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  7. Heather says

    This happened to me. I was able to work from home with my baby up until she was two at which point the company that I worked for decided it would be better to make all of the work at home employees come in and work from the office. We had all earned our right to work from home based on our previous job performance and anyone who did not perform well from home would no longer get to work from there. I never had that problem, my job performance from home was actually better than in the office even while I was taking care of my daughter and doing my job at the same time. Our job performance wasn’t even considered when the decision to stop allowing working from home was made and I ended up quitting my job as a result. It’s a shame too because I was one of their best employees. It does give me a small sense of satisfaction though that I was able to quit. Their loss for being a company that doesn’t care about their most valuable employees.

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  8. leighanne says

    Love the way Mrs. Meyer made headlines for her astronomical payday upon accepting her position with Yahoo. A pay that insures her a great nanny and monies to protect her future and the future of her family for generations…..easy way to lose touch.

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  9. Debbie says

    I totally agree that a blanket policy is not the solution. If you’re doing a good job, meeting your job’s objectives, etc. it shouldn’t matter where/when you do the work.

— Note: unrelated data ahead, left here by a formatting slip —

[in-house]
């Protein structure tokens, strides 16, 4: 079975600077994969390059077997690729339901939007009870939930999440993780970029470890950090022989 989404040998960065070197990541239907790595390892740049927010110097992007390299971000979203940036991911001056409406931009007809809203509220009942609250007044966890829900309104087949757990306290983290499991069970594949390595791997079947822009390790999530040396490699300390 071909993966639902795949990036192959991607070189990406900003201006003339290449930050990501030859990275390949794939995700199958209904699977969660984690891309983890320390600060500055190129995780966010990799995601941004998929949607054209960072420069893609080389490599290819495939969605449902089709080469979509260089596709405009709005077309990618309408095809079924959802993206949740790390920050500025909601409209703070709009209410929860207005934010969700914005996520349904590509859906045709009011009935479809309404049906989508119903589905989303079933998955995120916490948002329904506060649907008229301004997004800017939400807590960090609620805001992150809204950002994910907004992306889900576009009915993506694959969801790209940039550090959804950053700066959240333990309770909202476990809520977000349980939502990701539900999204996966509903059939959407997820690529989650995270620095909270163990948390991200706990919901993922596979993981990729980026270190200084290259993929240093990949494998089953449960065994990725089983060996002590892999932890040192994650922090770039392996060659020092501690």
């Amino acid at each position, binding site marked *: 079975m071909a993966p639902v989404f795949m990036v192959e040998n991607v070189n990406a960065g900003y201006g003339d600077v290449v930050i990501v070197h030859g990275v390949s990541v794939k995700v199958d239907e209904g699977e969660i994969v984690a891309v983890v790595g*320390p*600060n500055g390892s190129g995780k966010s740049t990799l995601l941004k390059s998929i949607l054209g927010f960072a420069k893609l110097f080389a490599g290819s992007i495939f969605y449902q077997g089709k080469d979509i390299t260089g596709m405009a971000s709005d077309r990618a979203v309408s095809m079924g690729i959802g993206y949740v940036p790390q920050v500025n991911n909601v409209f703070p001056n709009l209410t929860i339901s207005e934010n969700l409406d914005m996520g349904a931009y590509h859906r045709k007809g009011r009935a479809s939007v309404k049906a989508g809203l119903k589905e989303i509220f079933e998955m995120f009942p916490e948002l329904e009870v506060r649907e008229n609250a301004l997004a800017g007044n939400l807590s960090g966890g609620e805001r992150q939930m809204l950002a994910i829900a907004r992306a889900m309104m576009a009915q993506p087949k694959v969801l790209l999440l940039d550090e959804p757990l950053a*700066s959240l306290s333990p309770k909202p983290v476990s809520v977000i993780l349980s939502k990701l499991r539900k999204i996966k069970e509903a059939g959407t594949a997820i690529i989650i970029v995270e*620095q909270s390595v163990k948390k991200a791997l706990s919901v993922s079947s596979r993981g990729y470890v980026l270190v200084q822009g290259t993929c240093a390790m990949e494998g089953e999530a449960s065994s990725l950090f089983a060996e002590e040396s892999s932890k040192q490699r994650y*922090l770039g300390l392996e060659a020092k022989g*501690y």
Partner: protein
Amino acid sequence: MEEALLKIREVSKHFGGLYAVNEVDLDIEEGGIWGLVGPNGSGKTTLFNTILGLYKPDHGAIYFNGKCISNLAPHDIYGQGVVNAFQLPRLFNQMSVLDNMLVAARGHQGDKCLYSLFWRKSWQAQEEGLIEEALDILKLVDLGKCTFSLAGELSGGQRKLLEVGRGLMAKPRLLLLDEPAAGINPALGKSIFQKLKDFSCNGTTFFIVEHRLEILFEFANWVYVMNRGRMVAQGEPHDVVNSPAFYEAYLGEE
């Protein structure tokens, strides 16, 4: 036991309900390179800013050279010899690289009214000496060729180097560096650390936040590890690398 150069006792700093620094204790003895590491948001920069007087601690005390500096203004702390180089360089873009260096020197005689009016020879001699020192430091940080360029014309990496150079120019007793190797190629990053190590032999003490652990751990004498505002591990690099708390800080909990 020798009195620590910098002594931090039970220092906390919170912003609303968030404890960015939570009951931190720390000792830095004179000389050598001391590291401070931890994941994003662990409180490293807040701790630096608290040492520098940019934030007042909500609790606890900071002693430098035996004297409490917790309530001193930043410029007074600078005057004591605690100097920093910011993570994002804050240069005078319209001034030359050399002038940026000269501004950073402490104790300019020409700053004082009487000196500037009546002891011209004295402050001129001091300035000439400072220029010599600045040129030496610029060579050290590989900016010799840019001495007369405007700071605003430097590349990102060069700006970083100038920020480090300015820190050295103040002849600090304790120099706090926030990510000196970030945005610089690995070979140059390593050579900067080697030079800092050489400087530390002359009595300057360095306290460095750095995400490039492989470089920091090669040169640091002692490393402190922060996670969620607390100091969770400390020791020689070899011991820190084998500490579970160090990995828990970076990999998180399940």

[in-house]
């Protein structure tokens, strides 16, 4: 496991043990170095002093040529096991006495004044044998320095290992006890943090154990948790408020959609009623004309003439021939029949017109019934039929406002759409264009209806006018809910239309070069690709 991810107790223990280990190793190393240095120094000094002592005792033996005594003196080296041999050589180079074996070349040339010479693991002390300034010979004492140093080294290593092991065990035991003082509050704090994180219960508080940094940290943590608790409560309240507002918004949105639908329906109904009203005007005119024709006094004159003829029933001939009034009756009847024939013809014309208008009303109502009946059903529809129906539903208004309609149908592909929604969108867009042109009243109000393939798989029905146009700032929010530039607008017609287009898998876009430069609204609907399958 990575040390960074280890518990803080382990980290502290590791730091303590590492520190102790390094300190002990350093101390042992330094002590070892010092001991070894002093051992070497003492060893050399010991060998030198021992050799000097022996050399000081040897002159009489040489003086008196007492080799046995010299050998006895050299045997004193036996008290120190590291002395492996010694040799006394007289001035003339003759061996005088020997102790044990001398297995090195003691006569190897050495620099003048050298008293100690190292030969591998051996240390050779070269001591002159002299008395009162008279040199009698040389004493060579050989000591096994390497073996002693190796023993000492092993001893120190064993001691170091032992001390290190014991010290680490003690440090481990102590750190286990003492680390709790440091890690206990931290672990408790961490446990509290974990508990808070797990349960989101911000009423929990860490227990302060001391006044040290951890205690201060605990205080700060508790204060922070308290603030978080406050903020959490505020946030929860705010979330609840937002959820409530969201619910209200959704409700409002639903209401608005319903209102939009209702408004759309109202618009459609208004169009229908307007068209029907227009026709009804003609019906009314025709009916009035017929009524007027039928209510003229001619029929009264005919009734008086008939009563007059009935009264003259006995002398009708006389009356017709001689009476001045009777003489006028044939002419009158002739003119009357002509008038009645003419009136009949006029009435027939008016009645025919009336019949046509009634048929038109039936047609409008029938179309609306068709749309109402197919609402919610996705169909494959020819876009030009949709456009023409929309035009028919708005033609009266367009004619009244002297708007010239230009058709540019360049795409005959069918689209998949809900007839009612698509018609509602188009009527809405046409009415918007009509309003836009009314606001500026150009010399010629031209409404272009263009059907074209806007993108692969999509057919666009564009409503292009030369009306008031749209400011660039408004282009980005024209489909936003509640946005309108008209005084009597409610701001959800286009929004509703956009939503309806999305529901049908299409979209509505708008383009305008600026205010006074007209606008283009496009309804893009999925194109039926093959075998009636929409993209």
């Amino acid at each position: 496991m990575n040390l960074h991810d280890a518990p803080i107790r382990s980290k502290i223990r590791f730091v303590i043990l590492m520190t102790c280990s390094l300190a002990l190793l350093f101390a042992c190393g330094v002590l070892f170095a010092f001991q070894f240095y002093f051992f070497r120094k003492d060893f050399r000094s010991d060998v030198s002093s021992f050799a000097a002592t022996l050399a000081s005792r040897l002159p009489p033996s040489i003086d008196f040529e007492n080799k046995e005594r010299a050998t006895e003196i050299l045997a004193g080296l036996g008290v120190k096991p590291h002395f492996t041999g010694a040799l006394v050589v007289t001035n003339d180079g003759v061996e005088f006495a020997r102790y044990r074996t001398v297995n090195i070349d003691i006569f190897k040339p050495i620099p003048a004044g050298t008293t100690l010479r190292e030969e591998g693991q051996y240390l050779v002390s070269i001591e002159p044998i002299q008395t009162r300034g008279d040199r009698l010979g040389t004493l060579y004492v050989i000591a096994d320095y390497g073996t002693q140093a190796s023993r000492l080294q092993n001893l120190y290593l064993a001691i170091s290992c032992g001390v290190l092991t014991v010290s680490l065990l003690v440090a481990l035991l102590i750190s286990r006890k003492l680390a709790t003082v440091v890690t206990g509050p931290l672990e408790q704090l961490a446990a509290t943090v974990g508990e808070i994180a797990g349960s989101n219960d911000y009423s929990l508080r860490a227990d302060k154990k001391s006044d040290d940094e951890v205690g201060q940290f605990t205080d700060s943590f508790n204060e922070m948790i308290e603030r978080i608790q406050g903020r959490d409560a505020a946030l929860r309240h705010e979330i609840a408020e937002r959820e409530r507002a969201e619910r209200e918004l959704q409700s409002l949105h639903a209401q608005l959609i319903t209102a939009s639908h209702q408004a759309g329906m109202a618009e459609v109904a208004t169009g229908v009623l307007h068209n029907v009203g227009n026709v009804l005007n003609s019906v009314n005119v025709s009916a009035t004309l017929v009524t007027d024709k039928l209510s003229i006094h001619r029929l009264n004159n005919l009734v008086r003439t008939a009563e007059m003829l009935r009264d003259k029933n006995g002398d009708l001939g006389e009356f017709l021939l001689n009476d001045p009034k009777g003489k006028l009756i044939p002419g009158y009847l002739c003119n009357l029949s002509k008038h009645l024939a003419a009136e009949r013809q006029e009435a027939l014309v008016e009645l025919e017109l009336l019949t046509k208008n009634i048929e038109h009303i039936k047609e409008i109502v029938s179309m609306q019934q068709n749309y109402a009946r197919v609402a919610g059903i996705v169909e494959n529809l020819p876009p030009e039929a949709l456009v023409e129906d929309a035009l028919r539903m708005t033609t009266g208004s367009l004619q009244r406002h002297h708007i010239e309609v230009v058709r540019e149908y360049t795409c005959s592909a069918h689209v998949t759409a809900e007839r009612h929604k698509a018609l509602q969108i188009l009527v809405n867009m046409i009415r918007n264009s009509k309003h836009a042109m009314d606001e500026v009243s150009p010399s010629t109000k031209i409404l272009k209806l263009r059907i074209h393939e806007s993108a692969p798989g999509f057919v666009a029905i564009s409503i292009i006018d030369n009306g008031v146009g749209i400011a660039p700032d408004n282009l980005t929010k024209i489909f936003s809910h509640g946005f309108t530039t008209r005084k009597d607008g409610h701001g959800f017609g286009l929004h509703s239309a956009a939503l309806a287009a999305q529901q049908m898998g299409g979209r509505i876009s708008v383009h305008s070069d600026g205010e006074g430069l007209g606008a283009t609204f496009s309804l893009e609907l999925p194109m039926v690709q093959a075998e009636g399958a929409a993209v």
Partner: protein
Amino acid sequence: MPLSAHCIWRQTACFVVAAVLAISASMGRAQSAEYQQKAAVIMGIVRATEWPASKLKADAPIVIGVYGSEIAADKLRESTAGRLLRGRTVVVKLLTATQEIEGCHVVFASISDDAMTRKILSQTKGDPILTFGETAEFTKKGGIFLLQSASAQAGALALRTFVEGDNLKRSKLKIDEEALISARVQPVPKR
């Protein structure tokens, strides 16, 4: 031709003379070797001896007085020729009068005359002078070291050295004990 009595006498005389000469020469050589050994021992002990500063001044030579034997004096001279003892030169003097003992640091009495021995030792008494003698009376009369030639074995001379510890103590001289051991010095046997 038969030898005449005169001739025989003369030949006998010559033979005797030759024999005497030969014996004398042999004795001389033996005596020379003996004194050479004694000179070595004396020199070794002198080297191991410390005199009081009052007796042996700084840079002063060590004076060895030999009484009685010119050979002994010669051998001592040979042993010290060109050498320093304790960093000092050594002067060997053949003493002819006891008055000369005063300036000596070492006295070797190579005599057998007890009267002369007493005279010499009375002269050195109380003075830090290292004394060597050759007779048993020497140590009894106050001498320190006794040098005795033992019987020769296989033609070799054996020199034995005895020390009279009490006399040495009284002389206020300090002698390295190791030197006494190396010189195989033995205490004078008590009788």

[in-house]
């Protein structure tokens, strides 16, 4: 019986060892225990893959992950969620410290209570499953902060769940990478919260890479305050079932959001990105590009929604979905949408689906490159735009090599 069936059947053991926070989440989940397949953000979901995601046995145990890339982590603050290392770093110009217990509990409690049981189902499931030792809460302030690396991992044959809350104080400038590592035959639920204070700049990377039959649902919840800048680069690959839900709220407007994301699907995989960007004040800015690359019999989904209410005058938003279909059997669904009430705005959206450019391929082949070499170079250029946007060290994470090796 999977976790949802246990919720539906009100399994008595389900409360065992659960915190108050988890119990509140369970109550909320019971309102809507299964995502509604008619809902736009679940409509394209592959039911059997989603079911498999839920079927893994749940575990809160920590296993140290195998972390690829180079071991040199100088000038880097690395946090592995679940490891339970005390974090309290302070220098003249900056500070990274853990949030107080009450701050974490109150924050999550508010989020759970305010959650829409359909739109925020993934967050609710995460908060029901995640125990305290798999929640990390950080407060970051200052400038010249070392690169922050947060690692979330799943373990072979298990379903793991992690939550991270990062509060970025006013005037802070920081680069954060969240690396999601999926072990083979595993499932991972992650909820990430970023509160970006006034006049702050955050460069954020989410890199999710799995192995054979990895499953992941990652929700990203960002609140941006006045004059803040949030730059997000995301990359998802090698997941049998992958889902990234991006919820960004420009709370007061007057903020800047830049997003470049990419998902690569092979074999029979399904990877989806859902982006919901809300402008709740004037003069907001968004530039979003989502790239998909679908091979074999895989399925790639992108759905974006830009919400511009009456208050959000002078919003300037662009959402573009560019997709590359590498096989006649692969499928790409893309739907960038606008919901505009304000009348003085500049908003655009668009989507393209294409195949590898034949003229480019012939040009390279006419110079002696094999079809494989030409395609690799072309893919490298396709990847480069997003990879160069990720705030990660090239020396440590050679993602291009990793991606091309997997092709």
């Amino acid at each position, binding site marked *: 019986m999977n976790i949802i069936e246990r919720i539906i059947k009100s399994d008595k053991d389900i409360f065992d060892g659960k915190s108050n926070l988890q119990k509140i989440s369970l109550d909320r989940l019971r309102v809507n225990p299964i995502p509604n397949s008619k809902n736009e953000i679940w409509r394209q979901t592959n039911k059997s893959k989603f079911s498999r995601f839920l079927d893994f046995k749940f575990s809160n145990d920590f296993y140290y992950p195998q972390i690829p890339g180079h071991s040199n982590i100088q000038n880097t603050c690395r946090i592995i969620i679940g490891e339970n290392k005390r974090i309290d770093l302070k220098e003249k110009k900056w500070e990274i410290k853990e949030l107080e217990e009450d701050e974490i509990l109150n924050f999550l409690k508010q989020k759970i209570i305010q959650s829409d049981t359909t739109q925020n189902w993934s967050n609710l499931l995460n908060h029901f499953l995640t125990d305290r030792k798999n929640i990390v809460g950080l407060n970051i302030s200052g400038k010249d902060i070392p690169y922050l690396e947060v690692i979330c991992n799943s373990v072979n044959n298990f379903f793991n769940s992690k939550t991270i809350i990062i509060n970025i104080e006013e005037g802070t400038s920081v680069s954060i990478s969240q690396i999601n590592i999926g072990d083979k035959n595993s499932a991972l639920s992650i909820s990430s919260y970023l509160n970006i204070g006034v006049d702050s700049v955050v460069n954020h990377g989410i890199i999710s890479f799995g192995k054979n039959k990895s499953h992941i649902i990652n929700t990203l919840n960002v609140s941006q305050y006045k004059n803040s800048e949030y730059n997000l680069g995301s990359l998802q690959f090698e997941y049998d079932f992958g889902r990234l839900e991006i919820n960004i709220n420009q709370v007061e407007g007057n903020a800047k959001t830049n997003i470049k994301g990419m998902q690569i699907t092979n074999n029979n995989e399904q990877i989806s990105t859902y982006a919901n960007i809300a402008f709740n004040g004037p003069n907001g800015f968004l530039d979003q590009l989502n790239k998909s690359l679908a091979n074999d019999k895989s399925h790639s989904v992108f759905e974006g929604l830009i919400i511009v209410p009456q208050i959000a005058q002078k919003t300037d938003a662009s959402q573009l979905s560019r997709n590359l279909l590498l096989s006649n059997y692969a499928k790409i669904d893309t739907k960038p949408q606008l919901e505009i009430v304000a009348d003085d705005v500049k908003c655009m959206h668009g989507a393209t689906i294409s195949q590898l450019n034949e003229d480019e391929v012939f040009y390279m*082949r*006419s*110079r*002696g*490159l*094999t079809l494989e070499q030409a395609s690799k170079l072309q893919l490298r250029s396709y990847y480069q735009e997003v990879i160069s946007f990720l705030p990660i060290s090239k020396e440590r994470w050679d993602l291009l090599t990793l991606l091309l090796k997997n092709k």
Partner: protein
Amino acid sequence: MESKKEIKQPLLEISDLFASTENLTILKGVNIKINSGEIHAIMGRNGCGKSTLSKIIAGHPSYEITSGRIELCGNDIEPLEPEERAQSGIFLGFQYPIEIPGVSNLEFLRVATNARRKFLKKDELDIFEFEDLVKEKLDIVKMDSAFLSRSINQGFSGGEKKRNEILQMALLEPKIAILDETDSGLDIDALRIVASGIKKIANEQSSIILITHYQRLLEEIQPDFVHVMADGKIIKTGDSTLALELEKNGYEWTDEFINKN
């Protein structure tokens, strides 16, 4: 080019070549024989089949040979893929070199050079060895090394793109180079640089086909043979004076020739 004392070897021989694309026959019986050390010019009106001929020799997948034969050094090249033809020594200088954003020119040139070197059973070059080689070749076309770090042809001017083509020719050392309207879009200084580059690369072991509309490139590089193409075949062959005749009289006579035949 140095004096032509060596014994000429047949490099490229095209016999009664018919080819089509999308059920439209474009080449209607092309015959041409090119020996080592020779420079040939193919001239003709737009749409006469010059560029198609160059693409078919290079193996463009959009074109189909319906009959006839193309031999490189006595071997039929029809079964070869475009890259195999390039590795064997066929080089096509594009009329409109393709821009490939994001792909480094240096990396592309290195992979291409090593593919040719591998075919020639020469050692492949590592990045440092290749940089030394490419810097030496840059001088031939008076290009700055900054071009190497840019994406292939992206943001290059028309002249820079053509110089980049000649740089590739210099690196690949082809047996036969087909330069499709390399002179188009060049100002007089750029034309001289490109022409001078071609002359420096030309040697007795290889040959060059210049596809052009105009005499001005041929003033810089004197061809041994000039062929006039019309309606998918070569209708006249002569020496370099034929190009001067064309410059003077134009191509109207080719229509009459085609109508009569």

However, I am interested to know how the scenario you described above about your “typical” day away from your baby would change if you were home? You’d still be breastfeeding. Still need to attend to your baby crying (which they do whether you’re there or not). Probably still be sleep deprived, etc. I guess you’d save time (not) getting dressed and not commuting…?

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    • hoyajeda says

      When you’re with your baby, it’s easier to let them sleep on you while you do work… like me write now. Babies cry cause they want the mother, the host. I’ve got both babies with me while I grade midterms… much easier and financially viable for my situation. I’m not even dressed but got all my work done and it’s only 8.20 am. :)

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    • workingmama says

      I work from home a normal 9 to 5 job after working it out with my manager when my mat leave was nearing its end. I had told him that I’m really on the fence about returning to work and seriously thinking of leaving, and asked if I could work from home with a nanny. I was very fortunate that he was supportive if it so I was able to keep my job and be near my baby. It’s awesome but really, if you want to make it work you HAVE TO hire help. I’m sure I couldn’t get anything done had I worked from home without a nanny taking care of my baby while I worked. Babies only nap for a short time and drops naps as they get old. So working while your baby is sleeping really doesn’t give you enough time to dedicate to work. I loved how I didn’t have to waste 2-3hrs on getting ready and commuting every day or having to deal with pumping and washing the bottles etc. It’s a great perk and because I know that it’s a previledge, I worked hard to better perform at my work. If you really wanna make it work you should hire a nanny. It’s only fair for your company as well.
      The only one downside is that advancement in career is limited. Before I got pregnant my manager and I had discussed for me to be in the management track, but working from home diverted all that. I’m planning to return to the office slowly as my LO gets older, until then I’m really not expecting a big jump.in my career.